A. Wahl Star Clipper
B. Wahl Stable Pro
C. Wahl Pro Series Rechargeable Clipper
D. Wahl Pocket Pro


Clipper blades come in various widths. For miniatures, we like to use a 2" and a 2 1/2" width blade depending on how much area we want to cover or how many "peaks and valleys" we encounter. The 2" blade can maneuver tight corners better than the wider blade, but requires more passes with the clippers. Blades are numbered such as #5, #10, #15, and #30. The higher the number, the closer the blade will cut. Most clippers the size of the Wahl Stable Pro come with a standard adjustable #30, #15, #10 chrome blade that is 2" wide. You can get the same blade in a 2 ½" width. Always make sure your blades are sharp, clean, and oiled. Dull blades will not cut evenly and will pull the hair, occasionally resulting in a reflex that you may not like! If you are clipping several donkeys at one time, it's also a good idea to have at least one set of sharpened blades handy in case the set you are using becomes dull. We send our blades to the repair department at Wahl for sharpening, and they are returned in about a week at a cost of $4 per set. Sharpening can be done locally so check your yellow pages for that service. Occasionally, there will be someone at a show who sharpens blades. The show chairman will know if that service will be provided.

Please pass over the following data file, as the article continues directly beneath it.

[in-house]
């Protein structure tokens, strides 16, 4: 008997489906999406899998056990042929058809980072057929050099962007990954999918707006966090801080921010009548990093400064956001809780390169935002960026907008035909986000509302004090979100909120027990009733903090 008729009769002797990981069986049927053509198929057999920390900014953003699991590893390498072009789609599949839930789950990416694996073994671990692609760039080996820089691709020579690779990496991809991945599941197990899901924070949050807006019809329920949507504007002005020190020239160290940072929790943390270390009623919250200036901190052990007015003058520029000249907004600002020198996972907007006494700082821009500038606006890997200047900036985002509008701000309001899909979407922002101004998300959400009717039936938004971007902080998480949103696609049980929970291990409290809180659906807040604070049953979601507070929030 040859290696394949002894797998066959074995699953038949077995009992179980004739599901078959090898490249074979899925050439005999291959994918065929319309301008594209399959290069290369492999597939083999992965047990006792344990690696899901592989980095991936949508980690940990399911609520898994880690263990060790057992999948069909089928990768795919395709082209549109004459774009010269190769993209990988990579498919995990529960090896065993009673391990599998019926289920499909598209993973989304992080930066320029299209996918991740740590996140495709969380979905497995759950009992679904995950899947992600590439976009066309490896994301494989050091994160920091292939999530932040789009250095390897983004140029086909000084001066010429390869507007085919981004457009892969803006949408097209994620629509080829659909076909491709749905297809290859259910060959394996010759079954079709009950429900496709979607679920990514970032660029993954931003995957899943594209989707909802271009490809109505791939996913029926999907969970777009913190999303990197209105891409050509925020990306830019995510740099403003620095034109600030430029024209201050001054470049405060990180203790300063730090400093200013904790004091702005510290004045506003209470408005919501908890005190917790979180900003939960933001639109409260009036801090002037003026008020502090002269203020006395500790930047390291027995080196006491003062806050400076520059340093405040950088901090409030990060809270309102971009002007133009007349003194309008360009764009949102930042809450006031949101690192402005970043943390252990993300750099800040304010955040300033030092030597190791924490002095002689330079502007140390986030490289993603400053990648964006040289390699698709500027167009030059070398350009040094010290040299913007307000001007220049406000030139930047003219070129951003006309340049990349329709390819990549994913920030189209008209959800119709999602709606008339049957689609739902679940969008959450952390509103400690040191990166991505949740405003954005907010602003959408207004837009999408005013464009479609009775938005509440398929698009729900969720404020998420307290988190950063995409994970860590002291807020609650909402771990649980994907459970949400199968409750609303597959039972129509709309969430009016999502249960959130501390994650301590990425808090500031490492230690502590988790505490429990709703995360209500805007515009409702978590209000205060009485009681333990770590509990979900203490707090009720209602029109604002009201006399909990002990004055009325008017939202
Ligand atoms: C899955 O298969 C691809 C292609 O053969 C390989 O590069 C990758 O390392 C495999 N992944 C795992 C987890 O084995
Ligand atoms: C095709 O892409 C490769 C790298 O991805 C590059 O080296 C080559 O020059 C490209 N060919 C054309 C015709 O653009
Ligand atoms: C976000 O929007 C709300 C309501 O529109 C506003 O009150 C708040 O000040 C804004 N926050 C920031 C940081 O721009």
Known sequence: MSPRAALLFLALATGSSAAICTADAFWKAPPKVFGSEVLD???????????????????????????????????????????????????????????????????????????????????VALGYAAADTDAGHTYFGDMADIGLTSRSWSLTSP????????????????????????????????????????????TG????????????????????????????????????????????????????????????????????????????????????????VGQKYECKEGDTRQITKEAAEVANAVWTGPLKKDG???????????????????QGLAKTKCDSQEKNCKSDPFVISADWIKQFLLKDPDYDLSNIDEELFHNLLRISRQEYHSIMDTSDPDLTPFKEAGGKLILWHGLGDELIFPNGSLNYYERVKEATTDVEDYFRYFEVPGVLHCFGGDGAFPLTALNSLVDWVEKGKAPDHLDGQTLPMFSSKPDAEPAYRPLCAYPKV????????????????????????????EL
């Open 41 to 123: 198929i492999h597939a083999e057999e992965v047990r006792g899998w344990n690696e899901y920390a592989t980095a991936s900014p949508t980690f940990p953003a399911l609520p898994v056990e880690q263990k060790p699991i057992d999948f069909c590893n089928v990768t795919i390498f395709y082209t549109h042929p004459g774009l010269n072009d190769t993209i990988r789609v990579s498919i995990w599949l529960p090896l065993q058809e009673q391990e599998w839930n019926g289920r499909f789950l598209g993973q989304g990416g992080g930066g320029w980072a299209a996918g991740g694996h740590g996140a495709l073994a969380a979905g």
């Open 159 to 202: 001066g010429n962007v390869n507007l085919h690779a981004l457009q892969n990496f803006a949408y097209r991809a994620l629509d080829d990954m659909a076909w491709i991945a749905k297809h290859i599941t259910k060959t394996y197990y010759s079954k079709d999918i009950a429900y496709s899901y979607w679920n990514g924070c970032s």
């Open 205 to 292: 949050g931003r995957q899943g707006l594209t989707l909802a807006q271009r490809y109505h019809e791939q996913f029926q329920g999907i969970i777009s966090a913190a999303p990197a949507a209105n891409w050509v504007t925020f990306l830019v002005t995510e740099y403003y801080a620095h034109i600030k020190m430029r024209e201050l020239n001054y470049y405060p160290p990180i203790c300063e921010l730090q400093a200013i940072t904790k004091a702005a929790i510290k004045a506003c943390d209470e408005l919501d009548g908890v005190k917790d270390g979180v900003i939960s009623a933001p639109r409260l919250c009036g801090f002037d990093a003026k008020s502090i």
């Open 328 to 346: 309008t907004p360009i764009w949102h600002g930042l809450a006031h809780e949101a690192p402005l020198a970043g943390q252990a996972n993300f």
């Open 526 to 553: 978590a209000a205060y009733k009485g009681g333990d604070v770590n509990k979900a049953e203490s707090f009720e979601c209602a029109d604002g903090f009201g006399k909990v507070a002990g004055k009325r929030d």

It is very helpful to condition your donkey to the noise and feel of the clippers prior to actually clipping. You can teach youngsters, even as foals or weanlings, not to fear the clippers by introducing the clippers to them gradually. This is done by simply turning the clippers on, letting them listen to the noise it makes, and then rubbing them over the donkey's body. In this way, when the day comes to actually clip, your donkey won't be as frightened. After your donkey has been clipped many times, he usually will surrender to the process of body clipping. The key is patience. Understand that he is fearful of the noise, clipping tickles, and he'd rather be playing with his friends. We would lose our patience too if we were subjected to the same treatment. BE PATIENT and take your time, especially when you clip your donkey for the first time. You may see it as a chore to be done for a halter class, but your donkey sees it much more personally!



Always shampoo your donkey with an equine shampoo to remove all the dirt. We shampoo twice. This will prevent noticeable clip lines, will protect your blades from becoming dull, and the job will go much faster. Dry the donkey well. Wet hair is very difficult to clip and ruins blades. If the sun is bright and it's warm, we tie them out in the sun to dry. If it's cooler or if you want to cut drying time, you can blow them dry with a professional blower or your own blow dryer, being careful not to get too close to the skin.